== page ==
A Higher Standard
August 19, 2023
Bethany Howell (she/her/hers), Low Entropy Volunteer Writer
I sit with a student to whom I have been assigned who must reach a certain level of reading before the “big test” at the end of the month. Another student that I work with, who seems to me to be perfectly capable of all skills tested, fails her final exam, despite my best efforts. Though I have been taught throughout my life that testing is a crucial part of education, I begin to question whether it is truly a reliable measure of students’ understanding, knowledge and success in academics and beyond.
Through completing my undergraduate degree in psychology and child development with multiple courses focused solely on education, I have found that modern research does not line up with the current educational practice of standardized testing. In other words, testing in education may not be as effective as we once thought.
Decades of research has produced mixed reviews as to whether standardized assessments such as literacy exams are the best way to evaluate a student’s abilities. Though they may be effective for some, many students do not perform well under the intense pressure and high anxiety levels of standardized testing environments. It is my belief that this level of pressure is not only unreasonable, but also makes education inaccessible for many students. As has been seen in the cases of at-risk students and diverse populations, standardized testing seems to benefit students that can afford such luxuries as individual tutoring and leave other students behind. Families that do not have the time, space or funds to enroll their children in educational supports are at a severe disadvantage when it comes to mass testing, leading to further pressure for these children to perform well. Due to this, the numbers of at-risk students who perform well on standardized tests are much lower than the numbers of students actually able to grasp and use the knowledge they have been given. Students who are prone to anxiety or require special accommodations are also at further disadvantage due to the stressful mental and overwhelming sensory experience of mass testing.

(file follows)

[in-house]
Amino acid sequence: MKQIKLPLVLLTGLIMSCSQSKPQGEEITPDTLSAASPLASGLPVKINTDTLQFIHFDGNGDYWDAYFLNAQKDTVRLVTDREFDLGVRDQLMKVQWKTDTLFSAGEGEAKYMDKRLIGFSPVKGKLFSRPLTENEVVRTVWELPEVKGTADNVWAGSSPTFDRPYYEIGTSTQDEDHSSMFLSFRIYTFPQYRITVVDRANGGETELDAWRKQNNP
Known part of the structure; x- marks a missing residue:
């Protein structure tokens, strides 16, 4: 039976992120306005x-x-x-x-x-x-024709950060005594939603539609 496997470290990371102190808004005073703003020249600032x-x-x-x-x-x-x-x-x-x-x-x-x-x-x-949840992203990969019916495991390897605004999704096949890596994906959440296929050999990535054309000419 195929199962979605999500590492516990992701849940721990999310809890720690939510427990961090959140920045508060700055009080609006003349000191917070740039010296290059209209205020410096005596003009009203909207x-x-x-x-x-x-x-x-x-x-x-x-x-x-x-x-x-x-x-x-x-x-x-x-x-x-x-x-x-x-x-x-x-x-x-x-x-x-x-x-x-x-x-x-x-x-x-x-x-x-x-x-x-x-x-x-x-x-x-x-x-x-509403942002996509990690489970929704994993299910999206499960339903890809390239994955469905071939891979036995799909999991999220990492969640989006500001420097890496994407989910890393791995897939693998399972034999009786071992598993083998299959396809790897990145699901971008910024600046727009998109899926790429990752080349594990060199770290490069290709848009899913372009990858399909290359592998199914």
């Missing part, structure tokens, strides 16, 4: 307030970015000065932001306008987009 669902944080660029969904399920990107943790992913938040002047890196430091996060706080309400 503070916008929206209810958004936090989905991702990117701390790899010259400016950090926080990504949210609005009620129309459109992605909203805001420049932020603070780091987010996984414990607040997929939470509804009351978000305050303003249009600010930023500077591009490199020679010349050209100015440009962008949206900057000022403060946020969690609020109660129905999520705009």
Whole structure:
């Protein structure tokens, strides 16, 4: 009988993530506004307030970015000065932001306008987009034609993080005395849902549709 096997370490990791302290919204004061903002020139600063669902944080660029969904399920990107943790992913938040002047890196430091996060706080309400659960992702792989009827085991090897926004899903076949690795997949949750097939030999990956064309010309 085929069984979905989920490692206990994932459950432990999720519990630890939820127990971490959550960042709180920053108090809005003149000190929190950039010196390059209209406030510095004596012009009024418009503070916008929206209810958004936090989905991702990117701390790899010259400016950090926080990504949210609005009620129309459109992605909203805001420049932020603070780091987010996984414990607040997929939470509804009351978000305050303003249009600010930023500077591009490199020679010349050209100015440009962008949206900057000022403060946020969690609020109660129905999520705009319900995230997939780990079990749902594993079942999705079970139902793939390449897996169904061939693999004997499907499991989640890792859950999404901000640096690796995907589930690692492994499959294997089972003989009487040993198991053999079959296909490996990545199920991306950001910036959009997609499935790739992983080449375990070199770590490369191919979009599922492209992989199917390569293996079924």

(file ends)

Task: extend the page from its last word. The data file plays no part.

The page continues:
Much of standardized testing relies on rote memorization ability, as opposed to actual practical applications of knowledge. The statement I heard so much as a child comes to mind — “You will not always have a calculator in your back pocket.” Obviously, in this day and age, we do. Most, if not all of us, carry a powerful calculator, search engine, and database of almost all information throughout human history in our pockets. Indeed, you are likely viewing this article on such a device! Smartphones have not only revolutionized the way we live, but also how we view knowledge. Memorization of facts is no longer a valuable skill, as a quick Google search can be completed in under 30 seconds to find any formula, definition or date. Though we test youth on their ability to memorize, many of us likely do not remember — nor need to remember — the facts that we emphasize as being so crucial for children to know. Similarly, very few of us will ever be put in scenarios where rote memorization is required in the modern workplace.
Due to all of the reasons listed above, many schools have begun turning away from the rote memorization required for mass testing in favour of more competency-based models, including projects or cumulative averages of past work completed. Other schools have adopted practical applications as a key way to measure student understanding. This revised form of education is what is recommended through the Universal Design for Learning — a practice I myself subscribe to when teaching students. The goal of the Universal Design for Learning (or UDL) is to make education accessible for all using current research in youth psychology. As someone who has studied child psychology and worked in education for years, I cannot help but to be drawn towards this model. The UDL framework has proven to be one of the most effective models to date for bridging the gap between at-risk and privileged youth. Using systems brought forth through the UDL system, I have been able to assist many students in not only surviving an education system built to exclude them, but also to thrive learning in their own way. Instead of forcing youth to perform in a standardized environment, I have found that most students simply need to be shown a way that works for them — a way that incorporates how they learn and what they want to know.
Altogether, though there is still plenty of research to be done about testing and its effects on modern students, I believe that it is no longer as necessary as it once was. Looking into the future, most current students will not require any of the rote memorization that we rely on to test ability. In 20 years’ time, I expect that wisdom, critical thinking and practical applications will be used to assess students, not their ability to perform well on a standardized test.
My name is Bethany Howell and I am a university graduate with a BAH in psychology focusing on families and children. I am now continuing my education through taking post-graduate studies in addiction and mental health and plan to go on to complete my master’s in psychotherapy. I have a passion for writing and it has been my goal since age 13 to make a difference through helping others.
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